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Science, Art or Sorcery?
Perspectives on Setting (and Enhancing) the Valuation of .com Startups

Clues To The Mystery Game Of Valuation

From the netpreneur (Ms. Kim, in the drawing room, with the idea):

1. Kids, don't try this at home. Even if you've got a Wharton MBA, leave the esoterica of DCFs to the pros (who probably won't look at it anyway)— just make sure you have answers for business fundamentals like revenue growth and market comparisons.

2. Surf the right beaches. West Coast VCs tend to give higher valuations then East Coast VCs, but they like West Coast companies and may ask you to move. Psst, you can play 'em against each other.

3. I forgot to remember to forget. VCs tend to fix companies in a ballpark valuation range that usually won't change, even though your company grows between your first meeting and the signing of the term sheet. Put off initial meetings as long as possible, and sell your case for higher valuation if you reach milestones in between.


From the venture capitalist (Colonel Frederick, in the corner office, with the cash)

1. Don't work backward from the market cap of a "gorilla" like AOL or Cisco. Doing so ignores the private liquidity discount, the lower risk that has been beaten out of the gorilla and the fact that its current valuation may be unsustainable.

2. Don't minimize short-term dilution at the expense of long-term dilution. If you're talking to VCs, your goal should be to go public or some other exit strategy.

3. Make sure you understand VC-speak. Is your pre-money fully diluted?

4. Compare apples to apples. Not all fully diluted pre-money is created equal.

5. There are only two kinds of entrepreneurs—those who run out of money and those who don't. Make sure you're looking at your company's entire funding life cycle.


From the investment banker (Mr. Hooke, on the street, with the common stock)

1. To calculate Discounted Cash Flow: First, apply a reasonable value multiple (such as 25x P/E ratio or 12x EBITDA) to the results in the first year in which the company is expected to make money. Discount the future value to the present at a 30%-40% annual rate. Easy, huh?

2. The Relative Value Method is most effective with established firms having earnings and positive EBITDA. Calculate value multiples of similar public companies, M&A deals or private equity financings.

3. To calculate relative values for Internet companies in startup phase, use a combination of DCF and comparables using projected data, similar VC deals and VC rules of thumb such as $1 million for 20% ownership.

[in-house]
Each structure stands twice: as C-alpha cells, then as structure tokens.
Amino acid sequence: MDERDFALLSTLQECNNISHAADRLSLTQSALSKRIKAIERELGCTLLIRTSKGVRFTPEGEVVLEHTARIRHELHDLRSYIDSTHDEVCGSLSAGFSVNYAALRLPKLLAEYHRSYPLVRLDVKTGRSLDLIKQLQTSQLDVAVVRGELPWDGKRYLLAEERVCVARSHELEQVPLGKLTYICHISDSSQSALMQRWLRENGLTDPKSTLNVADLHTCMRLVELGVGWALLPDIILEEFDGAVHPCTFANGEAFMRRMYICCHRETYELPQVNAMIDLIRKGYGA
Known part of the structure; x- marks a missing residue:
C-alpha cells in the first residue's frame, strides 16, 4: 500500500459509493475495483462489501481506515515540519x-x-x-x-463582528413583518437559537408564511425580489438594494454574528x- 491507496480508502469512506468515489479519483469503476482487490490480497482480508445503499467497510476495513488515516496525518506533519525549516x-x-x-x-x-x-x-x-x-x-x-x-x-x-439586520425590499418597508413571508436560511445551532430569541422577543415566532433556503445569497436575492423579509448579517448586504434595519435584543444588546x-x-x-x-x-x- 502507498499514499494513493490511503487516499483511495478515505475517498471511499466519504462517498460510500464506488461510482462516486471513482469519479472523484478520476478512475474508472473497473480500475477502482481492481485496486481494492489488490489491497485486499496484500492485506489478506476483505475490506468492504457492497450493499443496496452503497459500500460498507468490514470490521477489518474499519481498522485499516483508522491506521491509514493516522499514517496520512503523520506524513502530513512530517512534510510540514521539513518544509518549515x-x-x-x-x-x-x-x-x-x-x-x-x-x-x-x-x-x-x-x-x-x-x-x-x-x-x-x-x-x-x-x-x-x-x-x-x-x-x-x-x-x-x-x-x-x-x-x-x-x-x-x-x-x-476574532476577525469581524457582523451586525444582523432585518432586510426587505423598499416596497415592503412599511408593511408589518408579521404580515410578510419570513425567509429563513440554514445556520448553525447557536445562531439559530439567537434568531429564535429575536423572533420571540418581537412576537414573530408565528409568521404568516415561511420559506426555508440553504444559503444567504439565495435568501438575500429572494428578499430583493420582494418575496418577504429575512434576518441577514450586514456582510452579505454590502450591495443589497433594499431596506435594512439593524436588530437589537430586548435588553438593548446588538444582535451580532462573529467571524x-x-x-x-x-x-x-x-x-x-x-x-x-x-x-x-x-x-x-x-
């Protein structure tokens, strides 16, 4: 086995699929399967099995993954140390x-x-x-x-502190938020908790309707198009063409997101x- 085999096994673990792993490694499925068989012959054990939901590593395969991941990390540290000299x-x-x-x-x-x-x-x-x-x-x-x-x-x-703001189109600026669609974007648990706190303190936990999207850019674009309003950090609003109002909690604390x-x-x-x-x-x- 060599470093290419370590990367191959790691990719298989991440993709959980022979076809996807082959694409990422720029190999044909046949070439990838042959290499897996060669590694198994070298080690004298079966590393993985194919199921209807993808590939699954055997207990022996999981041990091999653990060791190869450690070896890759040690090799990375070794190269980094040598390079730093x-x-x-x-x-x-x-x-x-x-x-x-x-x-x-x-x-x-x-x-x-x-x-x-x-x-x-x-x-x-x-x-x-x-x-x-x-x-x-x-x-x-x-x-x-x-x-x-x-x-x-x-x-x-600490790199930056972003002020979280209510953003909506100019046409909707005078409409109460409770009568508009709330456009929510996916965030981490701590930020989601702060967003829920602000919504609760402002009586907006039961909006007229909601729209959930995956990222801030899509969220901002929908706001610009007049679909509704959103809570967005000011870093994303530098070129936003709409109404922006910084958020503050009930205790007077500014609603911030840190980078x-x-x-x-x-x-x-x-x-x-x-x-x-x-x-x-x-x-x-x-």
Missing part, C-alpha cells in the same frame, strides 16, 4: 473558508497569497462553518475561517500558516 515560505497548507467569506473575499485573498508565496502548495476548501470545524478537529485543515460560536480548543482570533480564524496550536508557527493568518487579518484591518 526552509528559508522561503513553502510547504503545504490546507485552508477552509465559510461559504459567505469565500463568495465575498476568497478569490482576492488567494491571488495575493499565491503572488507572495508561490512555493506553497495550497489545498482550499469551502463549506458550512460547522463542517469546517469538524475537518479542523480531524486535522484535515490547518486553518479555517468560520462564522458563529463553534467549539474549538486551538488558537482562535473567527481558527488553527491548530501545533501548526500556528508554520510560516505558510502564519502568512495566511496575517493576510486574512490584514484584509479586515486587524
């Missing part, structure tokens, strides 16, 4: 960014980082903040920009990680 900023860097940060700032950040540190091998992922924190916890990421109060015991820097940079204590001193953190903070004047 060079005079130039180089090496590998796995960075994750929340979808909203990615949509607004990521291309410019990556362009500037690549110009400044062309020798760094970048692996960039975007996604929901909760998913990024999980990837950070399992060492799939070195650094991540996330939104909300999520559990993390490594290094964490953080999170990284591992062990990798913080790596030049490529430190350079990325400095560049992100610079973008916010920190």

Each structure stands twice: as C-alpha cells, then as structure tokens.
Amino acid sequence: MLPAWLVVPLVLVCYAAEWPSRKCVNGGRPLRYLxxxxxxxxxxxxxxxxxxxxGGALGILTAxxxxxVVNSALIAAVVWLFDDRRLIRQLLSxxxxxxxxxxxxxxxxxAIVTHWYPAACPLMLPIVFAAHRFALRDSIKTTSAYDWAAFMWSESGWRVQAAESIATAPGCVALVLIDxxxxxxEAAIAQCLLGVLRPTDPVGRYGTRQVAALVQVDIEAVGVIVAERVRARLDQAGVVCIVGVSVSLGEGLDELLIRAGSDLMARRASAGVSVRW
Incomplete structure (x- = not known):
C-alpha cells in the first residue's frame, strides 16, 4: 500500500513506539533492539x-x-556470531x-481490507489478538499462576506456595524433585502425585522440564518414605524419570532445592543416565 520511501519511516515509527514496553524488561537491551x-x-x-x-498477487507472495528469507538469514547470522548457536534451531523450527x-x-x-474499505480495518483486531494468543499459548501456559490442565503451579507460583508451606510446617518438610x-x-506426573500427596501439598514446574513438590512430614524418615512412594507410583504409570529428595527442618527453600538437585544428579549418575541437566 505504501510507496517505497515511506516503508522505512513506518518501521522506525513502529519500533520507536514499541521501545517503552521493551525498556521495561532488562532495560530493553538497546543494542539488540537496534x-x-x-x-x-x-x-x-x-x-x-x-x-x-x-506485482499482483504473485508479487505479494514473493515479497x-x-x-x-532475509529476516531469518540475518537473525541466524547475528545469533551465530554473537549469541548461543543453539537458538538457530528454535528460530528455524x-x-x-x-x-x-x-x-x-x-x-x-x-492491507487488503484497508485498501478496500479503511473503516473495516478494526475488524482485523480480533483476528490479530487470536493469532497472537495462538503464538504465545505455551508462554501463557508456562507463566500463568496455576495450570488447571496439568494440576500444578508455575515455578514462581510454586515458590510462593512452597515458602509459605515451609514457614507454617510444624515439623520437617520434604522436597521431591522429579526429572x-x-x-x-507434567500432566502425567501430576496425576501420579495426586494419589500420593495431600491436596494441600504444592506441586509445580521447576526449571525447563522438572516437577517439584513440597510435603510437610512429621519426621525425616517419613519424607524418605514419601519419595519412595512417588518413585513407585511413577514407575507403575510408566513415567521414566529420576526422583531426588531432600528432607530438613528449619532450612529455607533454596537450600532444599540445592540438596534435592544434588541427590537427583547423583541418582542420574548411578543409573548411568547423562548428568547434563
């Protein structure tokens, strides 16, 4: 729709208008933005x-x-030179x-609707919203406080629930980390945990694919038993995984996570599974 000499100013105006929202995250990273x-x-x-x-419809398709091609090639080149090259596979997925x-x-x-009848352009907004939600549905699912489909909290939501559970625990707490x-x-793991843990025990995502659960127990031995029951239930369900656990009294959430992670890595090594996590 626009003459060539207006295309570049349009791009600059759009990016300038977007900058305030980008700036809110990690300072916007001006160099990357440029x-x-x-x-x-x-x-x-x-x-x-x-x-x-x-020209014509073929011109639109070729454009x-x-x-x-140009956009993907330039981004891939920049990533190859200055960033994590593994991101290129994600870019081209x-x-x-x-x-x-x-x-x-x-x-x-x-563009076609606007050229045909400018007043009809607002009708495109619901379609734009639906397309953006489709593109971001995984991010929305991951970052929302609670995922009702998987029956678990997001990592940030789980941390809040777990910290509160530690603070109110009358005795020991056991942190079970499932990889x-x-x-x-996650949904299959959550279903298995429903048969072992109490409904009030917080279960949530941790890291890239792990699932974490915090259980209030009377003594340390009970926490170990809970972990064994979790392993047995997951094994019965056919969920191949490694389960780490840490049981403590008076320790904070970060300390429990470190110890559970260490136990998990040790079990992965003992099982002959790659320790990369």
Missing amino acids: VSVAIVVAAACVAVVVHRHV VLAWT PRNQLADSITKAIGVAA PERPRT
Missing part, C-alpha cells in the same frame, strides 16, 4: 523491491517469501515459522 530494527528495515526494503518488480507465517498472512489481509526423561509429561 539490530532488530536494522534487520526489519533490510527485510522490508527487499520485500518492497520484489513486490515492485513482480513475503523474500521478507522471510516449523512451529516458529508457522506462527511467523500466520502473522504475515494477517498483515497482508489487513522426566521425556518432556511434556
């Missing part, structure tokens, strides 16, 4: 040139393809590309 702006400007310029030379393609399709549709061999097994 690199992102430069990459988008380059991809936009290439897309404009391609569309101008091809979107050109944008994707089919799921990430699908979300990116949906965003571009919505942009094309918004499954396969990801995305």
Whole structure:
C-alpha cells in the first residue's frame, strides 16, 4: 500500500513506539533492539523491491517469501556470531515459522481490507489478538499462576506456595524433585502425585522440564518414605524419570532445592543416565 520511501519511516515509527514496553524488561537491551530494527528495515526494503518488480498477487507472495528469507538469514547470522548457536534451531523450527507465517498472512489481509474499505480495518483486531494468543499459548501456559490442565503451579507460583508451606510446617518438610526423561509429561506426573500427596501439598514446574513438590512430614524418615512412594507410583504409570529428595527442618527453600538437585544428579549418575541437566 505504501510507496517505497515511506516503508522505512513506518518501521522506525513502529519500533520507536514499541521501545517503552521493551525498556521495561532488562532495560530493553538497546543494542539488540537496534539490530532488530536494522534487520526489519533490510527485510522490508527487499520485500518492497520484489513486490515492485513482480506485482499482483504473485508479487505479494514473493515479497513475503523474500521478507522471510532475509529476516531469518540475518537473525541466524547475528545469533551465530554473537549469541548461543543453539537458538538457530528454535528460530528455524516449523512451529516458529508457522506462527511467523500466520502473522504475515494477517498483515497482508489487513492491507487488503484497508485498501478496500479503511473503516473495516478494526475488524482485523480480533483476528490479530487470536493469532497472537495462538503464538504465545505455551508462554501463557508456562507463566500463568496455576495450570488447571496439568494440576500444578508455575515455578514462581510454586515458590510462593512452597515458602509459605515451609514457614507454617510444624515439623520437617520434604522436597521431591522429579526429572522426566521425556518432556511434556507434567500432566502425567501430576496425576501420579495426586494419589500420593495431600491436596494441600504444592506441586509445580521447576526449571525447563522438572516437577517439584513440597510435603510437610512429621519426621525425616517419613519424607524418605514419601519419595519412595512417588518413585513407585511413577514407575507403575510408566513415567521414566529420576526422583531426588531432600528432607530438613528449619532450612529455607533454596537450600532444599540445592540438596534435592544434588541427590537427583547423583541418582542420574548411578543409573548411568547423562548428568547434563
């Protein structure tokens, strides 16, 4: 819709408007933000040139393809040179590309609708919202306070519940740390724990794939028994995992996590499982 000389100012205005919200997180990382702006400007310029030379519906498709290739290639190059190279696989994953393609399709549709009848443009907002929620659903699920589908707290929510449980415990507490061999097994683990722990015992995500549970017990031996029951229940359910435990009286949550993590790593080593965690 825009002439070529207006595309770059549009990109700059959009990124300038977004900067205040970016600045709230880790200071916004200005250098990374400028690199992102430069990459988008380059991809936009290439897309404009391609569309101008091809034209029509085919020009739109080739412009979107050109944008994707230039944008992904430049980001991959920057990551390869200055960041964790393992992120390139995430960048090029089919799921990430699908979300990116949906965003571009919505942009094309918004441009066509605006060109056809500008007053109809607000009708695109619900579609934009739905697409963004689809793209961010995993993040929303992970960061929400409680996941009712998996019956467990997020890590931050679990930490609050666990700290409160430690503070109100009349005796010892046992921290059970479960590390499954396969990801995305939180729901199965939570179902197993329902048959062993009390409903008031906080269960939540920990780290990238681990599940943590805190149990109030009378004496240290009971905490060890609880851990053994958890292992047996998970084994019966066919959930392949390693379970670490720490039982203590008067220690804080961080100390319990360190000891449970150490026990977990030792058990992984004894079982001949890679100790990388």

4. To calculate relative values for Internet companies beyond startup phase, look at comparable, publicly traded companies and/or VC deals and calculate Internet ratios such as price-to-sales, price-to-visits or price-to-employees.


From the analyst (Prof. Anderson, in the garden, with the data)

1. Internet company valuations fluctuate wildly. It may be no surprise, but the data bears out that even within sectors there can be large valuation differences between comparable companies.

2. Ultimately, value is equated with discounting cash flow that companies can hope to achieve. Though they're often the only numbers usable in the Internet space, remember that operating metrics are just potential indications of value.

3. Do not underestimate the value of intellectual property assets. In many Internet companies these can amount to 90% of value, and many firms can use them as currency.

(Washington, DC -- December 15, 1999) According to Jeff Hooke of Hooke Associates, valuation is not like physics. "You can't duplicate results by dropping a ball and seeing how many seconds it takes to fall."

Besides, people tend to nod off during physics lectures. Not the case for the more than 300 netpreneurs at this morning's Netpreneur Program Coffee & DoughNets meeting, where Hooke and his fellow panelists shed light on a subject that keeps more netpreneurs awake at night than almost any other—how to calculate the value of their company. It's a topic that can be mystifying for any entrepreneur, but in the Internet world it often seems to defy all logic.

Hooke, an investment banker, was joined by three other panelists, each with a different perspective on the subject, including Angie Kim, President of, a startup that recently completed its first funding round; Scott Frederick, principal in venture capital firm FBR Technology Venture Partners; and Jeffrey Anderson, principal at Bond & Pecaro, a consulting firm specializing in valuations, business consulting and related financial services for companies in the Internet, broadcasting, cable, wireless and publishing industries.